An important aspect of modernization is the effect of intended plot sizes on the feasibility of the project. For example, in Navarra, Mexico, the average plot size is about 5 000 m2 while the average area owned by one farmer is 1.3 ha. It is likely that in the near future these farms will not be economically viable for two reasons: (i) the small plot size; and (ii) the poor condition of the irrigation systems (FAO, 2002d). The modernization of many irrigation systems should encompass restructuring land tenure in order to ensure plot sizes that can be farmed profitably. In this system in Mexico, such a plot size is thought to be about 5 ha. Increasing plots sizes will also allow a reduction in the investments needed to modernize the irrigation systems. In addition, farms that perform well will have the capacity to generate jobs both directly and indirectly.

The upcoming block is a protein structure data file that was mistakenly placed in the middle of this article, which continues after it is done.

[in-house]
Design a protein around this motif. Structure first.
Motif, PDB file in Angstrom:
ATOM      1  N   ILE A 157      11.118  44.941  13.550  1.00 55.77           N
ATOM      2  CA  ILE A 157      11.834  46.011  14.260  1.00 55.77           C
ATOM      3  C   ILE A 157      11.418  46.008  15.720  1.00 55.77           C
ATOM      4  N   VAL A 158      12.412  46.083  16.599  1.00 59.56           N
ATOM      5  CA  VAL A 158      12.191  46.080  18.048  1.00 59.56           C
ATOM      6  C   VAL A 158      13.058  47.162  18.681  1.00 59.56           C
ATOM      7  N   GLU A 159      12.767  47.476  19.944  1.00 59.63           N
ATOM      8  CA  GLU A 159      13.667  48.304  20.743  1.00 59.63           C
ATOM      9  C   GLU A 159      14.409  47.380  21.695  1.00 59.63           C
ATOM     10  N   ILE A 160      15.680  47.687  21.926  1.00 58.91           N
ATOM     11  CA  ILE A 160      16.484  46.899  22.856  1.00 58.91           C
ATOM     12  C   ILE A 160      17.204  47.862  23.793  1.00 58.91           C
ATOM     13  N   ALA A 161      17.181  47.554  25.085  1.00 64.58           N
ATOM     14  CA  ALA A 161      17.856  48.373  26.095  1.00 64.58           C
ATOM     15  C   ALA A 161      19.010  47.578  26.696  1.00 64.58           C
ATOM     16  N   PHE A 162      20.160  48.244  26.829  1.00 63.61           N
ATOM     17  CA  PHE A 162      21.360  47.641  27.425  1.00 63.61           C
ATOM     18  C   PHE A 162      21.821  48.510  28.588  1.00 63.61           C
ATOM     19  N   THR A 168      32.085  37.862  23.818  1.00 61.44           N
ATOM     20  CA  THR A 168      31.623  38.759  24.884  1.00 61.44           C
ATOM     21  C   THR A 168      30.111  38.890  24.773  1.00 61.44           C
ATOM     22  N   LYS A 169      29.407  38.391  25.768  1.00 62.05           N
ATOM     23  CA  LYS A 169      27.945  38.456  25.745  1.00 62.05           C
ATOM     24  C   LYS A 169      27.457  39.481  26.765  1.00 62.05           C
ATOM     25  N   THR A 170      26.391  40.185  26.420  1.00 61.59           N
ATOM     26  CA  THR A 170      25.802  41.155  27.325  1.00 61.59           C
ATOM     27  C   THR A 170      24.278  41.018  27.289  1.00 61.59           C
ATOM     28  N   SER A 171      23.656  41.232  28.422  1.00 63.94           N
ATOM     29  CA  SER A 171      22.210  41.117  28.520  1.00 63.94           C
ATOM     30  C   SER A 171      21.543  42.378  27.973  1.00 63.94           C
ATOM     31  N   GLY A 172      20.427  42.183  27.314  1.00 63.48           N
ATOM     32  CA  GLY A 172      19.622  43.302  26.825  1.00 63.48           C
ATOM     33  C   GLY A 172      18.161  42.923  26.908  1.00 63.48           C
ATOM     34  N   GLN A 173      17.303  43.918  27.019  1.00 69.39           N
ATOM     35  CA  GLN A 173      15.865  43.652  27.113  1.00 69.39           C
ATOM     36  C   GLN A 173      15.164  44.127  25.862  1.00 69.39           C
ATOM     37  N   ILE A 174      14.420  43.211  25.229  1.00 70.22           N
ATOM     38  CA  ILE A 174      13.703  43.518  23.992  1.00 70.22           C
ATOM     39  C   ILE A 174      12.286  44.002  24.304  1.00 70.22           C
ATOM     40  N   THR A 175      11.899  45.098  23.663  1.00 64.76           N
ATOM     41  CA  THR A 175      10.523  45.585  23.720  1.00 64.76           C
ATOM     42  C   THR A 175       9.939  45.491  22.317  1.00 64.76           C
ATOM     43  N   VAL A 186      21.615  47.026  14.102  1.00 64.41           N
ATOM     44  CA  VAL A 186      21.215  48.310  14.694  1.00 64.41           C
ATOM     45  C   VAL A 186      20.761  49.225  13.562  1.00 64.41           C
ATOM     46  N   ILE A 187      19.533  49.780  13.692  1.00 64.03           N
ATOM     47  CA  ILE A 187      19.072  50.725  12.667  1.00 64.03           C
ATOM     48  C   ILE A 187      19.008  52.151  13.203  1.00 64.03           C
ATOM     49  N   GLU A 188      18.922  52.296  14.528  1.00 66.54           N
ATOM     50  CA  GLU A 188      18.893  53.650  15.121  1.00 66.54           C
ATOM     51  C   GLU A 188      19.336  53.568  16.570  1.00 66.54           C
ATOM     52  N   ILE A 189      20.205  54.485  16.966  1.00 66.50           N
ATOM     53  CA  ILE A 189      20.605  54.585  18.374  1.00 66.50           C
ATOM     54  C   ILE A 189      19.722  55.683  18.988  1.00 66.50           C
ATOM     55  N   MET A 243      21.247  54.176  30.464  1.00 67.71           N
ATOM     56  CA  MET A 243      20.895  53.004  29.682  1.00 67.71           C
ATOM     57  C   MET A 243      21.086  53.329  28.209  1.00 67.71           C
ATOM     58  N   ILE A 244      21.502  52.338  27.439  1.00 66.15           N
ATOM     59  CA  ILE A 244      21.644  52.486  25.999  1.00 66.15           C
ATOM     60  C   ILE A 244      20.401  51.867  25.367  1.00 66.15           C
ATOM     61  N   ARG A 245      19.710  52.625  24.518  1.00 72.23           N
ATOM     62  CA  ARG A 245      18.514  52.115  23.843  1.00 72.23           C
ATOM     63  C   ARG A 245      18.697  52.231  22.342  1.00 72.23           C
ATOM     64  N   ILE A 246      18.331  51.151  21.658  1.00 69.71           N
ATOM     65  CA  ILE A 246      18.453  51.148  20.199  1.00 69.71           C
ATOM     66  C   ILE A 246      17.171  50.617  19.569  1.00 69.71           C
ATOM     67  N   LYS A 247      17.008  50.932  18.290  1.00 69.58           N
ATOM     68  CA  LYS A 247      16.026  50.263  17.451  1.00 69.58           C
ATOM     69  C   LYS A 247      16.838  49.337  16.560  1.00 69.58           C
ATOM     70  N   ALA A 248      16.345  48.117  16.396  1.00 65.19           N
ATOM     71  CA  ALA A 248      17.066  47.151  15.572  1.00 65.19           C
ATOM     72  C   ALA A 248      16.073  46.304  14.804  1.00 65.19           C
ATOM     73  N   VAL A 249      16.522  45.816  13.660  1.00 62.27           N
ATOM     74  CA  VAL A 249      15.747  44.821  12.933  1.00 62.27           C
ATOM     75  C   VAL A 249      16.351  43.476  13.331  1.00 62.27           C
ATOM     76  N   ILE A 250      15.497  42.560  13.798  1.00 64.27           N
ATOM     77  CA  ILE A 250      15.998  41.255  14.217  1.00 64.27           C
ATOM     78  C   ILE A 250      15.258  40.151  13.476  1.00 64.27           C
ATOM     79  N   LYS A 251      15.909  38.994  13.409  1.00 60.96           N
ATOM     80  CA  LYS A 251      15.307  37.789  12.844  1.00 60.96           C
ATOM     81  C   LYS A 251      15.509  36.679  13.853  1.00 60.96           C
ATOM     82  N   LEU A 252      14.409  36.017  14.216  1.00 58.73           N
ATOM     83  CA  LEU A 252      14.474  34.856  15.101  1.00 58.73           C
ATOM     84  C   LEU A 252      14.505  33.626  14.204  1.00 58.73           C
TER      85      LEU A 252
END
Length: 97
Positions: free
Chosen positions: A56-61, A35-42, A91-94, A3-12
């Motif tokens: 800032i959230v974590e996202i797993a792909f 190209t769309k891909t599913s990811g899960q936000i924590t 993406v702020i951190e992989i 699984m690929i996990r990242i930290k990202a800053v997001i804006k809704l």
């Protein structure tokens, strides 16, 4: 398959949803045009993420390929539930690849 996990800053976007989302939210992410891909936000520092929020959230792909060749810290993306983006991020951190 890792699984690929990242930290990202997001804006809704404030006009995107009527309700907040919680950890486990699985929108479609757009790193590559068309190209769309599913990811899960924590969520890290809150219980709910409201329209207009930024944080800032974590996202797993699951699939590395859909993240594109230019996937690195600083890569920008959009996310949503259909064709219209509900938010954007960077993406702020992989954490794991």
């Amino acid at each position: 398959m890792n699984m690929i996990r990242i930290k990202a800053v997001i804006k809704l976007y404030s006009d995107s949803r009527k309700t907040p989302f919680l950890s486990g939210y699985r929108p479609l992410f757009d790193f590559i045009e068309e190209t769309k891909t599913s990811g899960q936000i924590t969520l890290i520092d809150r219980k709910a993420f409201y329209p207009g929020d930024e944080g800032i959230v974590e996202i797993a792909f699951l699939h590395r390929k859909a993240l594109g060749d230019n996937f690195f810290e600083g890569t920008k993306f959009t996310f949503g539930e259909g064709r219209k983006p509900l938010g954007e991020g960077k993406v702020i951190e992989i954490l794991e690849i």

Nonetheless, site-specific considerations can lead to different conclusions. In Mali, the Office du Niger, which is dedicated to rice production, allocates individual plots of at least 5 ha. This allocation of large plots to full-time, maximum-profit farmers is seen to be inconsistent with the reality of people generally pursuing diversified livelihoods, especially when trying to escape from poverty. Moreover, small plots are often used more intensively. For example, in Zimbabwe in the early 1990s, the government changed its policy of giving farmers irrigated plots of 0.1 ha so they could supplement their income from rainfed agriculture, to giving each farmer 3-5 ha of irrigated land. The expectation was that the larger plot sizes would induce farmers to devote themselves full-time to irrigation. The policy also favoured giving the irrigated land to men, with the idea that they would be more likely to devote their energies to irrigated farming. However, productivity per unit of land and productivity per unit of water were later found to be higher on the smallholding system, and women farmers were significantly more likely than men to be oriented towards irrigation as their main source of food and income (FAO, 2002d).